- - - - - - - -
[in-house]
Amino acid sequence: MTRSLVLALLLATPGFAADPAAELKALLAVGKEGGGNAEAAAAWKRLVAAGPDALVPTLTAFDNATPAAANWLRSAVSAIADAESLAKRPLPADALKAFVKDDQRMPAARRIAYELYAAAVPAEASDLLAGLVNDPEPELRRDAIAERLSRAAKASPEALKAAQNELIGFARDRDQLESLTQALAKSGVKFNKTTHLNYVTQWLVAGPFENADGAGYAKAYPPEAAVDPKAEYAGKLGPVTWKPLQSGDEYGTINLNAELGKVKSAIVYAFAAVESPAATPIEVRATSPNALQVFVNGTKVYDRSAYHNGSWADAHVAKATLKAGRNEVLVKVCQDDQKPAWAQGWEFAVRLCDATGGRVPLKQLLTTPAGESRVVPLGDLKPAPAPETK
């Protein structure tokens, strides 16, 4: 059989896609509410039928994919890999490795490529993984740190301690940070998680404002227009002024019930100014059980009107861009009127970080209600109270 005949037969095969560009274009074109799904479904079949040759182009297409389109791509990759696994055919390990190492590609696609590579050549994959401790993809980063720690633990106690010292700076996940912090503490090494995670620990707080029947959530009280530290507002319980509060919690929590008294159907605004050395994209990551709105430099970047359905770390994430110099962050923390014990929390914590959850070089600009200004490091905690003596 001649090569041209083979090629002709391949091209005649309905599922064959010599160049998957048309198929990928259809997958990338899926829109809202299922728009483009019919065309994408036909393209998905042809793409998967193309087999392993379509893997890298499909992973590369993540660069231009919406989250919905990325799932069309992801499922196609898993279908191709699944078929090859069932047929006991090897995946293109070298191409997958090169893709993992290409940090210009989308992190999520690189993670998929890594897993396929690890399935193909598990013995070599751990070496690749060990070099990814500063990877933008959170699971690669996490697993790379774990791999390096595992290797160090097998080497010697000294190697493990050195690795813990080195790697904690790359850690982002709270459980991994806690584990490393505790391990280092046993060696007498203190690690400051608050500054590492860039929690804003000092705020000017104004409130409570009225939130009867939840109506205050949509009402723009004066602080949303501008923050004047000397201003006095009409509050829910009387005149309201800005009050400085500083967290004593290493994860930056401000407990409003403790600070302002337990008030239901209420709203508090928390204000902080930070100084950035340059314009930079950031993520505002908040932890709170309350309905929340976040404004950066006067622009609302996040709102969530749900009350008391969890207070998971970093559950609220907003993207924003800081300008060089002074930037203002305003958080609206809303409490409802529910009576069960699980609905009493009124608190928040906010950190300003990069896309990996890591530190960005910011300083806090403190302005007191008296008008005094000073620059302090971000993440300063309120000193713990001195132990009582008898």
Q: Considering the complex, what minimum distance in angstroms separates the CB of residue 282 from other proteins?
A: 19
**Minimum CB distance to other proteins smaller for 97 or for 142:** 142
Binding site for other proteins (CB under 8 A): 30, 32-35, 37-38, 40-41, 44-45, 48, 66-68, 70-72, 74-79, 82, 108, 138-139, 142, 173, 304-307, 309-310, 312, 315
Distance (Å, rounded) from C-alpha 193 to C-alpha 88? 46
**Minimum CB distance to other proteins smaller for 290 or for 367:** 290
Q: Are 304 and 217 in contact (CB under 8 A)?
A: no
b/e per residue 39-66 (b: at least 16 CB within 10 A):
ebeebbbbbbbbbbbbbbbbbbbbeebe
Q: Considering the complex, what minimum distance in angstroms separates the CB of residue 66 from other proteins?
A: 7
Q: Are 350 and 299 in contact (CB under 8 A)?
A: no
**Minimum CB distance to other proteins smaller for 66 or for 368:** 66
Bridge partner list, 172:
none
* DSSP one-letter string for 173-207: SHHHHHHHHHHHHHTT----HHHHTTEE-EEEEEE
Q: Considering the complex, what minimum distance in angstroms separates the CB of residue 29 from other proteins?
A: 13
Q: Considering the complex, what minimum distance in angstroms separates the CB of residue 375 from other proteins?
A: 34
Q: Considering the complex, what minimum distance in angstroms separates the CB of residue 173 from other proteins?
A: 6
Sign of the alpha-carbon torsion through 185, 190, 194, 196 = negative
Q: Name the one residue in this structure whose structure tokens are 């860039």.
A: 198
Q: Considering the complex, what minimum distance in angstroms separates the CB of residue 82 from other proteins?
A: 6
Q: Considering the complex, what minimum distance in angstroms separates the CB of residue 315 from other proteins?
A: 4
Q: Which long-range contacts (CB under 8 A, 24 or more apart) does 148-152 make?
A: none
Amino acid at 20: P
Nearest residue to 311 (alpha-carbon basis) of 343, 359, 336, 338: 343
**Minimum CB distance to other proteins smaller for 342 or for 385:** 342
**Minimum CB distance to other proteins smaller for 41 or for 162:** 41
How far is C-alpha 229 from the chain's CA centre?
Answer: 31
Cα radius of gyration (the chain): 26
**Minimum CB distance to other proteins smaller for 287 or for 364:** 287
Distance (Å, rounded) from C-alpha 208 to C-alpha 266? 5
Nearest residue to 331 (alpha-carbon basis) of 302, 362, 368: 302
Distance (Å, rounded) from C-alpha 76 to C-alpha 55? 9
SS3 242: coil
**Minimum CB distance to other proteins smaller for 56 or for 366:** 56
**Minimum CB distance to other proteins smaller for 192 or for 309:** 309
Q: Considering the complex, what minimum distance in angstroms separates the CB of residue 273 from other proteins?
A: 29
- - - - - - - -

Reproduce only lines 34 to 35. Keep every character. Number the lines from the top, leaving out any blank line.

A: 4
Q: Which long-range contacts (CB under 8 A, 24 or more apart) does 148-152 make?